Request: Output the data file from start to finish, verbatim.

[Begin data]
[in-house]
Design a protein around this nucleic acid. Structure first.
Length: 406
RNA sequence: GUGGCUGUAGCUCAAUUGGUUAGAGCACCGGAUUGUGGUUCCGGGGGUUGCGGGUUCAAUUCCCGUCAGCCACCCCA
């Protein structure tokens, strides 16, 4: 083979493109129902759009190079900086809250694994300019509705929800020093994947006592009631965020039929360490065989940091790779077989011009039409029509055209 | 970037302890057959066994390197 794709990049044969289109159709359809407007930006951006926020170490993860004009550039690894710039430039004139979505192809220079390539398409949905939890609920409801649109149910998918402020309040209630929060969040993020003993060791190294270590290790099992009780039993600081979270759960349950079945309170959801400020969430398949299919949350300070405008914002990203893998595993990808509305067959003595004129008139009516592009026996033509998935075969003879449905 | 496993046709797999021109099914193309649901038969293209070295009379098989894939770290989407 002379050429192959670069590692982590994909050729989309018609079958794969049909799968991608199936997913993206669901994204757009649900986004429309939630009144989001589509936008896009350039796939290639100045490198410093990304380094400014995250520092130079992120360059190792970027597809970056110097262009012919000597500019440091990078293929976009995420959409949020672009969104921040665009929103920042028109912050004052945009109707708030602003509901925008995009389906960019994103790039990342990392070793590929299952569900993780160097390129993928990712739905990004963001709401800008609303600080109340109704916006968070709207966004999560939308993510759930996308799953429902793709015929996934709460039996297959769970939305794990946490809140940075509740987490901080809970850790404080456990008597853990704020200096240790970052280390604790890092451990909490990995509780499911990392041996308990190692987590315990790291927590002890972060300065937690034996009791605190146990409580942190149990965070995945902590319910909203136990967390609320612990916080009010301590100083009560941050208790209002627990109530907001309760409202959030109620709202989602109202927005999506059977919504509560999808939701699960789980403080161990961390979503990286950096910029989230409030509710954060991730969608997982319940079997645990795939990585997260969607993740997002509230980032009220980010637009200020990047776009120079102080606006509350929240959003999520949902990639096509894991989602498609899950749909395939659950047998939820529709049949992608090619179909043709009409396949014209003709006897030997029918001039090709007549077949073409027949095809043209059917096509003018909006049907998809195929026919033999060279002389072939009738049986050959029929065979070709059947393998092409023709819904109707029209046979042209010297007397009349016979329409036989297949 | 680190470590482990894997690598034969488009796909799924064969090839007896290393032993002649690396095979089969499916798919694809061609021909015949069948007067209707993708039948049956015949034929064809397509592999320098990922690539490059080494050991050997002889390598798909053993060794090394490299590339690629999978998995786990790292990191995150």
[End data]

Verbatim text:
[in-house]
Design a protein around this nucleic acid. Structure first.
Length: 406
RNA sequence: GUGGCUGUAGCUCAAUUGGUUAGAGCACCGGAUUGUGGUUCCGGGGGUUGCGGGUUCAAUUCCCGUCAGCCACCCCA
């Protein structure tokens, strides 16, 4: 083979493109129902759009190079900086809250694994300019509705929800020093994947006592009631965020039929360490065989940091790779077989011009039409029509055209 | 970037302890057959066994390197 794709990049044969289109159709359809407007930006951006926020170490993860004009550039690894710039430039004139979505192809220079390539398409949905939890609920409801649109149910998918402020309040209630929060969040993020003993060791190294270590290790099992009780039993600081979270759960349950079945309170959801400020969430398949299919949350300070405008914002990203893998595993990808509305067959003595004129008139009516592009026996033509998935075969003879449905 | 496993046709797999021109099914193309649901038969293209070295009379098989894939770290989407 002379050429192959670069590692982590994909050729989309018609079958794969049909799968991608199936997913993206669901994204757009649900986004429309939630009144989001589509936008896009350039796939290639100045490198410093990304380094400014995250520092130079992120360059190792970027597809970056110097262009012919000597500019440091990078293929976009995420959409949020672009969104921040665009929103920042028109912050004052945009109707708030602003509901925008995009389906960019994103790039990342990392070793590929299952569900993780160097390129993928990712739905990004963001709401800008609303600080109340109704916006968070709207966004999560939308993510759930996308799953429902793709015929996934709460039996297959769970939305794990946490809140940075509740987490901080809970850790404080456990008597853990704020200096240790970052280390604790890092451990909490990995509780499911990392041996308990190692987590315990790291927590002890972060300065937690034996009791605190146990409580942190149990965070995945902590319910909203136990967390609320612990916080009010301590100083009560941050208790209002627990109530907001309760409202959030109620709202989602109202927005999506059977919504509560999808939701699960789980403080161990961390979503990286950096910029989230409030509710954060991730969608997982319940079997645990795939990585997260969607993740997002509230980032009220980010637009200020990047776009120079102080606006509350929240959003999520949902990639096509894991989602498609899950749909395939659950047998939820529709049949992608090619179909043709009409396949014209003709006897030997029918001039090709007549077949073409027949095809043209059917096509003018909006049907998809195929026919033999060279002389072939009738049986050959029929065979070709059947393998092409023709819904109707029209046979042209010297007397009349016979329409036989297949 | 680190470590482990894997690598034969488009796909799924064969090839007896290393032993002649690396095979089969499916798919694809061609021909015949069948007067209707993708039948049956015949034929064809397509592999320098990922690539490059080494050991050997002889390598798909053993060794090394490299590339690629999978998995786990790292990191995150």